How to Start Investing

You’ve got some cash in a savings account. The stock market is confusing and/or scary. How do you start? What’s the best way to “put your money in” without needing to learn all the jargon and stuff? Here’s my recipe.

Disclaimer: I am not a financial advisor. I’m just telling you what’s worked best for me.

1) Open a Brokerage account with Fidelity or Schwab.

Either one is fine. Flip a coin if you have to.

2) Transfer your money in.

Best to setup the transfer from your existing bank, and do an “ACH” transfer. The first time will take a while, but then you’ll have a connection from Checking/Savings -> Brokerage. That’ll make it easier when you’ve got a bit more cash saved up that you want to send over.

ACH transfers usually take 3-5 days. Your bank may offer you a faster transfer for a fee, but ignore it. Keep the money.

3) Buy these: QQQ, SPY, VTI, MIPTX

Let’s say you’ve got $10,000 to put in, to make the math easy.

  • Buy $2000 of QQQ
  • Buy $2000 of SPY
  • Buy $2000 of VTI
  • Buy $2000 of MIPTX

Those first 4? You don’t touch those EVER except to buy more. Those are the absolute core of your “nest egg”.
Buy ’em and sit on ’em.
Set it and forget it.
No touchy!

4) The last 20% is Play money.

The last 2k is to do whatever else you want to do. GameStop, Crypto, whatever. You can buy & sell stuff at leisure.

I personally keep my play money in a completely separate account, specifically so it’s easy to stop myself from dipping into the nest egg and gambling it away.

5) You’re done!

It really can be that simple. Only do shenanigans with the play money. The rest of it, set it and forget it.

User Manuals for People

Humans are messy systems. We don’t work the same way every time. We have plenty of bugs. And we certainly don’t come with easy to read instruction manuals. Unless we write them ourselves.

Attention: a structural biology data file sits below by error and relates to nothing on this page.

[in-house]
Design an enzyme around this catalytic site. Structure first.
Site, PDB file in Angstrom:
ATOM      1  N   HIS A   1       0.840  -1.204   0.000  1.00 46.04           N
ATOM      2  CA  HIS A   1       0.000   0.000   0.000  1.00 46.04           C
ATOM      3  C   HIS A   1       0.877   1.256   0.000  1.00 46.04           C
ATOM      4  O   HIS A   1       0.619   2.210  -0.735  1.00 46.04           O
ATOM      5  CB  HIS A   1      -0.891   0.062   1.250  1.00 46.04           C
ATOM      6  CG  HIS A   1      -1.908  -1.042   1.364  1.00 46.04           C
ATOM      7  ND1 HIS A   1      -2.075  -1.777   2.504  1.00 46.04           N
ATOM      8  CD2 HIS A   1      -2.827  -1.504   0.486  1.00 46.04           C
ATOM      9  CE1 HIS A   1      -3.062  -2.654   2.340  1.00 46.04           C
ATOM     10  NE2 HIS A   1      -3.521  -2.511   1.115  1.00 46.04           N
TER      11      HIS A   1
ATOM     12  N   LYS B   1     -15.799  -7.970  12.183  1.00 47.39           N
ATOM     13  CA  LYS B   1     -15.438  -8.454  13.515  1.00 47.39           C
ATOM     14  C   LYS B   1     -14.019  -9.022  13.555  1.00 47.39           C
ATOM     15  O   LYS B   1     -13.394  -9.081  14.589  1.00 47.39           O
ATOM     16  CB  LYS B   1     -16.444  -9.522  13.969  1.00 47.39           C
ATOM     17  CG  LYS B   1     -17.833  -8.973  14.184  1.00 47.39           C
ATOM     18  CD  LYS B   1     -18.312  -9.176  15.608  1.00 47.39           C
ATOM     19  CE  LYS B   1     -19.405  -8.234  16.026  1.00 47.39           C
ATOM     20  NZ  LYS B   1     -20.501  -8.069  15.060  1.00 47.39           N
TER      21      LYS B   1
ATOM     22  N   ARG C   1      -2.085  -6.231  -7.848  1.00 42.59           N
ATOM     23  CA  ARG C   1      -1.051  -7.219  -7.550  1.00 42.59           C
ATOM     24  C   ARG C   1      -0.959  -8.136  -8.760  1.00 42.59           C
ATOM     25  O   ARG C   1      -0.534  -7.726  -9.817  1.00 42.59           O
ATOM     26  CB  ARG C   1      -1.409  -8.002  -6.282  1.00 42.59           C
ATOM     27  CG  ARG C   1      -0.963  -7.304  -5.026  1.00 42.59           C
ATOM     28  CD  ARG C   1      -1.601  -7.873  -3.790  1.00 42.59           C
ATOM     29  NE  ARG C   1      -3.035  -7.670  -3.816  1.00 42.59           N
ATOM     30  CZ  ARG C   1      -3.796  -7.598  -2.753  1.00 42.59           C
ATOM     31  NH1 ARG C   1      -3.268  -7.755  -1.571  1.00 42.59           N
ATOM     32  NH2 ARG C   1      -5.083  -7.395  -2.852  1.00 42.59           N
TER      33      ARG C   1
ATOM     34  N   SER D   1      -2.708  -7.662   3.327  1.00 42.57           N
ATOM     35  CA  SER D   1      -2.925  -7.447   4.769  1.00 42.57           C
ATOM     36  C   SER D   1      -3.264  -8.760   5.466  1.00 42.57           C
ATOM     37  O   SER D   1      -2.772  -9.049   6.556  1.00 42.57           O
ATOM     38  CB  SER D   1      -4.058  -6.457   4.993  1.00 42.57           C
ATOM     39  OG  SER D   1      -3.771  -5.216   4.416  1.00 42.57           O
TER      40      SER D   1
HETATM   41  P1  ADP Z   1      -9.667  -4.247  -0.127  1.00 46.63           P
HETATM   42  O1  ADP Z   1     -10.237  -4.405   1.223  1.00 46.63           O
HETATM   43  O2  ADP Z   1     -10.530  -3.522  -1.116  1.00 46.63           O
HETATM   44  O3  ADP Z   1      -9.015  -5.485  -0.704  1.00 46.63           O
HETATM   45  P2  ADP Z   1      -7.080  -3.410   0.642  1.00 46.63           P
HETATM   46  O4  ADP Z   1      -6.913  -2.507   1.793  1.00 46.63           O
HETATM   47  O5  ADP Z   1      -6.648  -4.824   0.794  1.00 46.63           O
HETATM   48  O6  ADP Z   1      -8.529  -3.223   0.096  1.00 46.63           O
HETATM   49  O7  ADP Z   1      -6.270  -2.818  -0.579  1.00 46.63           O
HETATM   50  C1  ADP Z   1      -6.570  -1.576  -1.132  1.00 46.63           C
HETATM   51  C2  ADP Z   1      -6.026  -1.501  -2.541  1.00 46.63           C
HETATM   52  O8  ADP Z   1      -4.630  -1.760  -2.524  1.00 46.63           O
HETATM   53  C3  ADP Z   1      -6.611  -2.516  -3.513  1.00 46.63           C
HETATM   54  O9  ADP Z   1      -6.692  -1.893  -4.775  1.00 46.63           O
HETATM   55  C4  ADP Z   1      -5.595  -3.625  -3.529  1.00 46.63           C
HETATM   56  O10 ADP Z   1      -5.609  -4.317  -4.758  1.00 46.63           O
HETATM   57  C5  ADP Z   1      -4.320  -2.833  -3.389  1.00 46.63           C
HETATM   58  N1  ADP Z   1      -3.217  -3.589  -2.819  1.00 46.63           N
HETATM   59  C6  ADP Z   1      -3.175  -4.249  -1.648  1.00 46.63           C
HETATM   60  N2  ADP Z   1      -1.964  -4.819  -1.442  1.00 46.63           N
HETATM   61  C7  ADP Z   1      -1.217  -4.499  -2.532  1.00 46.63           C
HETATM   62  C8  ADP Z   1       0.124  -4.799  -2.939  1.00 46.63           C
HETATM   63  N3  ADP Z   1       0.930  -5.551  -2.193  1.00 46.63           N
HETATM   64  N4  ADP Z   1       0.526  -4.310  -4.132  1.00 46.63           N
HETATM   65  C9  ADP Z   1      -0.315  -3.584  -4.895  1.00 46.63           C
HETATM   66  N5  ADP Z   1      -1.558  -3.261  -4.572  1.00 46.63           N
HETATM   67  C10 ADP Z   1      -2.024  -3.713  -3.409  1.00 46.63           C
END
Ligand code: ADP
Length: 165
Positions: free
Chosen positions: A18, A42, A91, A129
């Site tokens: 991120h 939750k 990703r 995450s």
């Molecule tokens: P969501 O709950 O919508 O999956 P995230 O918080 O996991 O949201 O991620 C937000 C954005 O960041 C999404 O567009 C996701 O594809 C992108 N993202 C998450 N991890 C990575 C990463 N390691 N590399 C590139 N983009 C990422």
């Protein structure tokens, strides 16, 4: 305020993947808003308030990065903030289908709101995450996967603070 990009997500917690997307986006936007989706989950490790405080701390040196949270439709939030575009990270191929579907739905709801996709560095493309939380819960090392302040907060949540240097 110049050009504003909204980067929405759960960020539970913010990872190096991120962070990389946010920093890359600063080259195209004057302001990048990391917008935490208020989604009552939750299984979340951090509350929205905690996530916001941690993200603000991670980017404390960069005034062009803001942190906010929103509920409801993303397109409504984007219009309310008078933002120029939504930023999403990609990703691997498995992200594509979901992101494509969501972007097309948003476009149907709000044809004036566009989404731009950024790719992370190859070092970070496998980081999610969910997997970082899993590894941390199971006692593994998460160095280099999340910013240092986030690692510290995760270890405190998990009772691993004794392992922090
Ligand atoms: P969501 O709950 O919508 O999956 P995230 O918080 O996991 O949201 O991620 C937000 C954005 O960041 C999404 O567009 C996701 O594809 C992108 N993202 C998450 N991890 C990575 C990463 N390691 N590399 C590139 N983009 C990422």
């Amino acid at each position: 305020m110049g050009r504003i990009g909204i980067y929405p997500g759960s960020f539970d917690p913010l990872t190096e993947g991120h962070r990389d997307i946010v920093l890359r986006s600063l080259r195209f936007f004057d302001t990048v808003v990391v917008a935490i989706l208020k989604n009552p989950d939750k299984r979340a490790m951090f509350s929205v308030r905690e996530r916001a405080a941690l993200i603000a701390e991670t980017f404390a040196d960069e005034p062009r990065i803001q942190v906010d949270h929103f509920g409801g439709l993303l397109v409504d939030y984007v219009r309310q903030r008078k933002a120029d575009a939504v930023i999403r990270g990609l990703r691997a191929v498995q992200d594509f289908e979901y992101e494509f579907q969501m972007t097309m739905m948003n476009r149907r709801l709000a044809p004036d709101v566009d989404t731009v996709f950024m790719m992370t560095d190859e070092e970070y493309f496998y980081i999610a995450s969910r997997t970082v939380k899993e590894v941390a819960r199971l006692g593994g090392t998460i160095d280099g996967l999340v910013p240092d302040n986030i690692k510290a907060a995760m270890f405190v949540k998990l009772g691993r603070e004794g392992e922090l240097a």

The concept of “user manuals for people” has been around for over a decade. Originating in executive leadership circles, it has gained traction over the past few years at all levels of organizations. The topic has been covered by Bloomberg / Business Week (2008), the New York Times (2014), BBC Capital (2017), Quartz (2017), and more.

The idea is to provide people who work with (or for) you a guide. An on-boarding document of sorts. A shortcut to learning your quirks and getting down to the business of working with you effectively. Continue reading


The greatest date format. I use it. Here’s why you should too.

  1. People from every country can easily understand it.
    3/6/2018 is March in the U.S. but June in Europe. Why are you making things confusing when you could make them simple?
  2. If you add it to the beginning of file names, they sort themselves!
    Makes files easier to find. Plus the dates don’t get rewritten when you email the file to someone else.
  3. It’s been the ISO standard since 1976.
    Originally introduced in ISO 2014 (1976) which was then superseded by ISO 8601 (1988) which unified and replaced a collection of older ISO standards on date and time notation.
  4. It’s easy!
    You can write it on paper and type it on computers. There’s nothing fancy involved. So start using it today!